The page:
To optimize the production system, most vegetable crops are established from greenhouse-grown transplants. Transplant production is a critical phase that significantly affects growth and development of the crop in the field (Dufault, 1998). Some of the advantages of greenhouse-grown transplants are that they can be started early, have uniformity in growth, and are robust and have healthy root systems (Cantliffe, 1993). Production of transplants in small cells in peat-based medium is the most common and widely practiced method (Raviv et al., 1986). To obtain healthy transplants, it is a common practice to fertilize medium with amendments or water-soluble fertilizers that provide nitrogen (N), phosphorus (P), potassium (K), and other nutrients to the developing seedlings (Weston and Zandstra, 1989). The nutrient management aspect for conventionally grown transplants has been extensively researched and largely optimized; however, there are challenges for organic transplant production. There is little information available on aspects such as nutrient management in organic transplant production; as a result, organically produced transplants are often of low quality (Diaz-Perez et al., 2008). With increase in demand for organically grown transplants, a number of soluble organic fertilizers and supplements have emerged in the market (Kuepper and Everett, 2004; Treadwell et al., 2007). These products are usually expensive and not always locally available (Peet et al., 2008).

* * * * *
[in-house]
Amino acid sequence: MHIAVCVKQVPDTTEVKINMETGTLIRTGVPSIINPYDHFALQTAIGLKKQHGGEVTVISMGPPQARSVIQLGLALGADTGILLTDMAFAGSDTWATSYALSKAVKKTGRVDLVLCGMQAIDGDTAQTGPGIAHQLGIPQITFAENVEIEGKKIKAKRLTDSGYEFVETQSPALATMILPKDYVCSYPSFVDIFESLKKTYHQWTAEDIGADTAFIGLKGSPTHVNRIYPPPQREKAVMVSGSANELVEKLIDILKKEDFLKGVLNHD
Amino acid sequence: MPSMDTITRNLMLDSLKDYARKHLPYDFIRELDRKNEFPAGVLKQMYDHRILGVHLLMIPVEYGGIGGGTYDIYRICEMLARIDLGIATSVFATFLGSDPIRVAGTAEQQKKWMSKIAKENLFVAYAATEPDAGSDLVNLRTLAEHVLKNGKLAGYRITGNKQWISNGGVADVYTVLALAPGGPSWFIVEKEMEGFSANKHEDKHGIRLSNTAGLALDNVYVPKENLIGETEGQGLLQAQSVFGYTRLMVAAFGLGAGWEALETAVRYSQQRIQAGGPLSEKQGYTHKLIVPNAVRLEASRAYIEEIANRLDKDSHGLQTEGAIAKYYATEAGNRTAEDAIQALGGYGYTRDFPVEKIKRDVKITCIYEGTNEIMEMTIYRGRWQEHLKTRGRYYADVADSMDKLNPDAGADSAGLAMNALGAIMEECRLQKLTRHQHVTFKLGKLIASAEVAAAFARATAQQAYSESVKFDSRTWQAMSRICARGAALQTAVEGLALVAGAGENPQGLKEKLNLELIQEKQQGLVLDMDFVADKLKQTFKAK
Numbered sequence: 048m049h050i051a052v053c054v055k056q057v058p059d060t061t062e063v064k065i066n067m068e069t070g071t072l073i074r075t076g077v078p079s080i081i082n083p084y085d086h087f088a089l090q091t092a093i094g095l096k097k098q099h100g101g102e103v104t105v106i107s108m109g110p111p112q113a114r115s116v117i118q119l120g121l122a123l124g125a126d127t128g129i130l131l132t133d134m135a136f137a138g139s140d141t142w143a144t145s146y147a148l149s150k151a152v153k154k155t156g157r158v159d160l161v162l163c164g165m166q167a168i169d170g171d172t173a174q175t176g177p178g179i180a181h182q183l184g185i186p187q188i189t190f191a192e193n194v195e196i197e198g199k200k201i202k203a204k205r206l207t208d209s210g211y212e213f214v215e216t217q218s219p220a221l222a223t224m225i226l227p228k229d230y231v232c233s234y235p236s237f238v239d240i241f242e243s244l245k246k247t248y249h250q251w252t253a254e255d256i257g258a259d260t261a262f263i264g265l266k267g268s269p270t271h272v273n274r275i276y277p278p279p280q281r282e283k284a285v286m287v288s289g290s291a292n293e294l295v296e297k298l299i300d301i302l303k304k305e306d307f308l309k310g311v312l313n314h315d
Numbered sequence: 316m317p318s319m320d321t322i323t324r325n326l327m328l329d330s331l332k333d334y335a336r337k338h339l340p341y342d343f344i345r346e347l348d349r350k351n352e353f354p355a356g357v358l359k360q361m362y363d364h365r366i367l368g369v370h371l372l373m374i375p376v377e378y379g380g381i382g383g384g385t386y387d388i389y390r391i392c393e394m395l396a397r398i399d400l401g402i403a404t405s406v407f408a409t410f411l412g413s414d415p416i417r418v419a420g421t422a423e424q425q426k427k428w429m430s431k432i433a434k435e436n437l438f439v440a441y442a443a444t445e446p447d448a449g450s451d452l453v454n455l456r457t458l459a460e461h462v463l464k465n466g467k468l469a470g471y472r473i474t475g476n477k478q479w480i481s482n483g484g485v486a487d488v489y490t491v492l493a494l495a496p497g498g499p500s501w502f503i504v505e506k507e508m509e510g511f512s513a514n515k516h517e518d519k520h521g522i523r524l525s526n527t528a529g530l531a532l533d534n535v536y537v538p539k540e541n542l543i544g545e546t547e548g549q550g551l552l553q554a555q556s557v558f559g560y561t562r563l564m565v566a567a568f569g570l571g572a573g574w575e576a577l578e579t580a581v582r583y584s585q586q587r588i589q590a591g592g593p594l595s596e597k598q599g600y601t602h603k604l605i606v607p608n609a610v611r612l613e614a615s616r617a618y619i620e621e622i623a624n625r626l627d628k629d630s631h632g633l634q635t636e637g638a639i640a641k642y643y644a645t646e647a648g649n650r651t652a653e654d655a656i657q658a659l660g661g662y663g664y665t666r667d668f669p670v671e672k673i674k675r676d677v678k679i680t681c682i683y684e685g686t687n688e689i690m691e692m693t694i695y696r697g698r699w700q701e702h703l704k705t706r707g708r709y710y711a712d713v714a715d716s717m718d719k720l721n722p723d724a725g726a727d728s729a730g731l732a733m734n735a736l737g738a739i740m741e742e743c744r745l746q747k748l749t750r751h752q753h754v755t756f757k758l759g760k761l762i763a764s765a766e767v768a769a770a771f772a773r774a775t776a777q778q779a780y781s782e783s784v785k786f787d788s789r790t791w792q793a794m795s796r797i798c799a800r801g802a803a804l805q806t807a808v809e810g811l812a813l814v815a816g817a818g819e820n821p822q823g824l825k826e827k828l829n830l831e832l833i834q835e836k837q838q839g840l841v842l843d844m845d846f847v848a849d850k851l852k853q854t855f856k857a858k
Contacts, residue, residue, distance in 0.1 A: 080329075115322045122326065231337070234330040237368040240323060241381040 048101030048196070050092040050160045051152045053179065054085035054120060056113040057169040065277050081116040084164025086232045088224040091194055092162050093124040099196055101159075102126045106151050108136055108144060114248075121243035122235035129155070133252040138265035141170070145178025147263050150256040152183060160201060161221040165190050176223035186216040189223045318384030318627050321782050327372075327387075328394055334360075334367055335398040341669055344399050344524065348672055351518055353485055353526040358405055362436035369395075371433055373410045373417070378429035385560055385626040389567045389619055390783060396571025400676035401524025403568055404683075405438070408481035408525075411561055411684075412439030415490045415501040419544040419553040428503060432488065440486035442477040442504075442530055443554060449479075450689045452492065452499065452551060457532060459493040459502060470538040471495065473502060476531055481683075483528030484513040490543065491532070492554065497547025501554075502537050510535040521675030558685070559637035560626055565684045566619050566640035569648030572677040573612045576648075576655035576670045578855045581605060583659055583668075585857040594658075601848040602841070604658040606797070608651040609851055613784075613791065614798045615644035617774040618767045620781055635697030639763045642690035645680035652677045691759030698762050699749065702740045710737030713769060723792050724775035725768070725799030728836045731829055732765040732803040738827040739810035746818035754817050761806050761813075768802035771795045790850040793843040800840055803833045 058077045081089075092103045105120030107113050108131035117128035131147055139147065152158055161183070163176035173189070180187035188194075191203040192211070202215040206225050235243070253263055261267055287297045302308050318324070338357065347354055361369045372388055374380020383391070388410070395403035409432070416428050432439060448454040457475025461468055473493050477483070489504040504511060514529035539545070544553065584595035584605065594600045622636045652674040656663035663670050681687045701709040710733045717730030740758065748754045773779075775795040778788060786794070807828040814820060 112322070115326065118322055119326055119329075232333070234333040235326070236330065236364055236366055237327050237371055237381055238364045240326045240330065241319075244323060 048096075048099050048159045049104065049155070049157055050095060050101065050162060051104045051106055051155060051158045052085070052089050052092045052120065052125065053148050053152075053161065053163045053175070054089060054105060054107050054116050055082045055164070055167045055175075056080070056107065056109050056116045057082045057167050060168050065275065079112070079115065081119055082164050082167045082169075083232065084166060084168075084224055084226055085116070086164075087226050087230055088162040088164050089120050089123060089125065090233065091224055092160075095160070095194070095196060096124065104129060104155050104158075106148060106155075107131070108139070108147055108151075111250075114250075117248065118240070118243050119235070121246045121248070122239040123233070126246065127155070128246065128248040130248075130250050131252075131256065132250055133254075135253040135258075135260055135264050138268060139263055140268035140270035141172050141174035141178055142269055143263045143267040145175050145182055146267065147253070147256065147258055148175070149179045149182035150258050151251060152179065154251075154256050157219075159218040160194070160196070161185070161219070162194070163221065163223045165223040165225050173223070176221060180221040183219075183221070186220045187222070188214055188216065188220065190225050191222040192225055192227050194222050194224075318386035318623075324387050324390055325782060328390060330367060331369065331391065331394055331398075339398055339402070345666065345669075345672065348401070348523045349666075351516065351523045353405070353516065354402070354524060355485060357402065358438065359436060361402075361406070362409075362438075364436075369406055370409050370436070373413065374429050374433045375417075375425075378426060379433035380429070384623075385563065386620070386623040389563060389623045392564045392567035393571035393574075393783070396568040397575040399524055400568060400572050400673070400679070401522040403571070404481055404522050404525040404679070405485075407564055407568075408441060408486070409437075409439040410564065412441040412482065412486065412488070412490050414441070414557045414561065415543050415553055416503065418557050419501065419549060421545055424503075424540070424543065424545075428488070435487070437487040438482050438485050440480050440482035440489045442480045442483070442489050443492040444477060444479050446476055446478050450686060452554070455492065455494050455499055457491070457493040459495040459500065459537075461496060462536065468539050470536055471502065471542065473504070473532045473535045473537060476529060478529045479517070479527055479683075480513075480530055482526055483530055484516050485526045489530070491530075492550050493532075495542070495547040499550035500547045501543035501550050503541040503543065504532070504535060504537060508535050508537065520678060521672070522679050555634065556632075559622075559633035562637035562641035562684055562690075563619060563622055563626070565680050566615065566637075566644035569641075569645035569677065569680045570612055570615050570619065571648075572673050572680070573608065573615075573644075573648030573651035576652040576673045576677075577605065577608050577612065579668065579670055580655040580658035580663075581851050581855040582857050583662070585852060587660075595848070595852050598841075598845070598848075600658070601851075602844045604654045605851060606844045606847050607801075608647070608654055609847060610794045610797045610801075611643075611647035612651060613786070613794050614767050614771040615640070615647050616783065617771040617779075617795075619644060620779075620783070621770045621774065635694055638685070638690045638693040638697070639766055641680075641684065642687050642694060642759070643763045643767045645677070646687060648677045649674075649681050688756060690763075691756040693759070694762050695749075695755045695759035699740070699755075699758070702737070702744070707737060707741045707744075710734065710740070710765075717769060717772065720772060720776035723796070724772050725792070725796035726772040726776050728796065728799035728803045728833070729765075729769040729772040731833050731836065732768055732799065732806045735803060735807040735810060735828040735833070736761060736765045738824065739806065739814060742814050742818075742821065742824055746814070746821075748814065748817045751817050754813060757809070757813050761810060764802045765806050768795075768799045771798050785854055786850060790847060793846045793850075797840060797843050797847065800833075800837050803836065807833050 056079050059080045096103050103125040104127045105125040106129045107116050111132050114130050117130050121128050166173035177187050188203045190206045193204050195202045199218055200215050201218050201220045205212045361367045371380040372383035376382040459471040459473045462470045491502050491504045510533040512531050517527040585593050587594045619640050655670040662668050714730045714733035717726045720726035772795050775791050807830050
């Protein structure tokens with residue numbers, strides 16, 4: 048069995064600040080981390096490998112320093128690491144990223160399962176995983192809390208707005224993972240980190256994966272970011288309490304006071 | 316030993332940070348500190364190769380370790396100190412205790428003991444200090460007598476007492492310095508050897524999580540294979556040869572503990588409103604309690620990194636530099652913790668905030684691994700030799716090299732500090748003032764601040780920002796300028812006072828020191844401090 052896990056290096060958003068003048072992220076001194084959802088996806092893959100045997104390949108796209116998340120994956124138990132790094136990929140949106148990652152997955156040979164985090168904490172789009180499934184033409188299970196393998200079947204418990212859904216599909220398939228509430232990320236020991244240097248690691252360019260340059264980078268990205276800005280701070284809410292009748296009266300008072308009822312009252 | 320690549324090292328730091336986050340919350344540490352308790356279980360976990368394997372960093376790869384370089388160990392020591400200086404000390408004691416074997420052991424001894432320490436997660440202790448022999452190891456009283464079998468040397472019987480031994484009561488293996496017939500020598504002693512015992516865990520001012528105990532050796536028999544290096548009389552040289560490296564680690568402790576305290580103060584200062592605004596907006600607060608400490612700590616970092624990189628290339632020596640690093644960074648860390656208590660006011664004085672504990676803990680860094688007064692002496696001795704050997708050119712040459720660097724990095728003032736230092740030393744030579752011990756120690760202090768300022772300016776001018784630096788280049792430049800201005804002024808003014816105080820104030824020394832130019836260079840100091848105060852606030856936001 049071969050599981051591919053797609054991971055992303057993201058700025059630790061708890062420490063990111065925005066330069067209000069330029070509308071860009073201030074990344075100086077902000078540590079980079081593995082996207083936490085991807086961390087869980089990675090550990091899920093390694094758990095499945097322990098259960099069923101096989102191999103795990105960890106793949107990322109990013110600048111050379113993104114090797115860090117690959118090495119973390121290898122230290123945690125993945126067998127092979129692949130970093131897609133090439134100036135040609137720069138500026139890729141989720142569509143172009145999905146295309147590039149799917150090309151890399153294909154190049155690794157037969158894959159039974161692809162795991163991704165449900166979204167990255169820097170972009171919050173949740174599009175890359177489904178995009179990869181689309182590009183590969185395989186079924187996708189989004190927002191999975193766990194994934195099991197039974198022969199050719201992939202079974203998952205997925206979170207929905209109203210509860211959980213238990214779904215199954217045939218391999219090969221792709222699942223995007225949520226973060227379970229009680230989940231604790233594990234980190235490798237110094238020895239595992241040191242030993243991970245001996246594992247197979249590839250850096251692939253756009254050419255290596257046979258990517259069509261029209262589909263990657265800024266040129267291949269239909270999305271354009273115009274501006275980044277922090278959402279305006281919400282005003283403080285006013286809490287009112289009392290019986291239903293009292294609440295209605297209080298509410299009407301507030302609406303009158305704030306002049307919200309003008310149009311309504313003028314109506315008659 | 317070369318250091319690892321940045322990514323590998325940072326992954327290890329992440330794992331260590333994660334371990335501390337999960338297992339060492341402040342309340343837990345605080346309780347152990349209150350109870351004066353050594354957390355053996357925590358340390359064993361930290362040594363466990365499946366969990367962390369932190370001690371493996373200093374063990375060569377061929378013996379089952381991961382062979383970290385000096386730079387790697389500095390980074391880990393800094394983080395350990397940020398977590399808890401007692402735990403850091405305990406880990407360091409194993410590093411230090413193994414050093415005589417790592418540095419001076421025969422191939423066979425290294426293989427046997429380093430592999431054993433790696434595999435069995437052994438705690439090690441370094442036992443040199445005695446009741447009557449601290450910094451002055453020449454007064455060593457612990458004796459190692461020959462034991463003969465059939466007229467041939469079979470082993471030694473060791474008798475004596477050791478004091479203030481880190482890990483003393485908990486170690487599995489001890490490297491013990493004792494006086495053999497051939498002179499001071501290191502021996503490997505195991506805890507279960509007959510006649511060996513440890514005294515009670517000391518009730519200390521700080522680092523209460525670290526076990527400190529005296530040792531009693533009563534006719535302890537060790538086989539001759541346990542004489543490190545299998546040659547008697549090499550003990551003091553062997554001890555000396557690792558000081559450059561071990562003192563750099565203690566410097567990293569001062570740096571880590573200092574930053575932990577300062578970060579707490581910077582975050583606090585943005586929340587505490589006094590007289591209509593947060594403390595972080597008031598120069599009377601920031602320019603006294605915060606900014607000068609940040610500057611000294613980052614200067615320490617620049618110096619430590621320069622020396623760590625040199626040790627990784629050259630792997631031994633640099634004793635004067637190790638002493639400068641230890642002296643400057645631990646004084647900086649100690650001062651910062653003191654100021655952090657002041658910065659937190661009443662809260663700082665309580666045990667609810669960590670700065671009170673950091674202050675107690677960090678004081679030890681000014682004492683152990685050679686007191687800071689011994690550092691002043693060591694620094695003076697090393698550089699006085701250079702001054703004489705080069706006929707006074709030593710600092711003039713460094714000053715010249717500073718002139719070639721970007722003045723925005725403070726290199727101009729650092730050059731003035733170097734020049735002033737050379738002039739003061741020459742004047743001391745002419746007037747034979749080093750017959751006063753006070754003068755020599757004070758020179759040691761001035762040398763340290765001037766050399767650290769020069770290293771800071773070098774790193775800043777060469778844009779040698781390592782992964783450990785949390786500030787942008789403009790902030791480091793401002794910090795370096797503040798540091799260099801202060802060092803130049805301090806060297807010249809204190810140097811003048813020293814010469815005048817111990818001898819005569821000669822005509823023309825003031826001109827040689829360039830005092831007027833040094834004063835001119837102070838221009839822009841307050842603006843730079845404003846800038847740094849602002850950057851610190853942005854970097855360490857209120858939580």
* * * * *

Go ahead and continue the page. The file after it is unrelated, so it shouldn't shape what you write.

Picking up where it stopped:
Growers often design their own mixes using compost and other organic amendments. Organic growers largely depend on compost to manage nutrient requirements of growing transplants. Incorporation of large proportions of compost in the growing medium is not warranted because it can lead to increased salinity and could adversely affect seed germination, seedling growth, and yield (Clark and Cavigelli, 2005; Sanchez-Monedero et al., 2004). Compost nutrient quality also varies based on raw materials used and process and duration of composting. Additionally, it is difficult to synchronize nitrogen mineralization from the compost-amended medium with crop N demand (Treadwell et al., 2007). Supplementing compost-amended medium with a standardized organic amendment serves as a viable alternative for nutrient management in organic transplant production. There are a number of organic N sources available such as alfalfa meal, soybean meal, and blood meal. Most of these amendments have not been tested thoroughly despite their popularity and widespread use by growers (Hochmuth et al., 2006). The addition of blood meal, rock phosphate, and greensand in the potting mix is practiced by many small-scale organic growers (Coleman, 1995). In most cases after incorporation of organic amendments, a certain period of time is required for N mineralization (Agehara and Warncke, 2005). In certain cases it is recommended that the plant-based amendment be mixed into the potting medium 2 weeks before sowing of seeds to prevent seed injury. We tested the use of a peat-compost-based growing mix supplemented with an alfalfa-based organic amendment derived from alfalfa, meat meal, molasses, and potash (Bradfield Organics® Tasty Tomato™ 3-3-3; Land O'Lakes Purina Feed LLC, Gray Summit, MO). The objectives of this study were to develop an efficient transplant production protocol by: 1) determining the optimal concentration of the alfalfa-based organic amendment; and 2) ascertaining the optimal incubation time of the medium with the amendment to ensure timely supply of nutrients and avoid seed or seedling injury.
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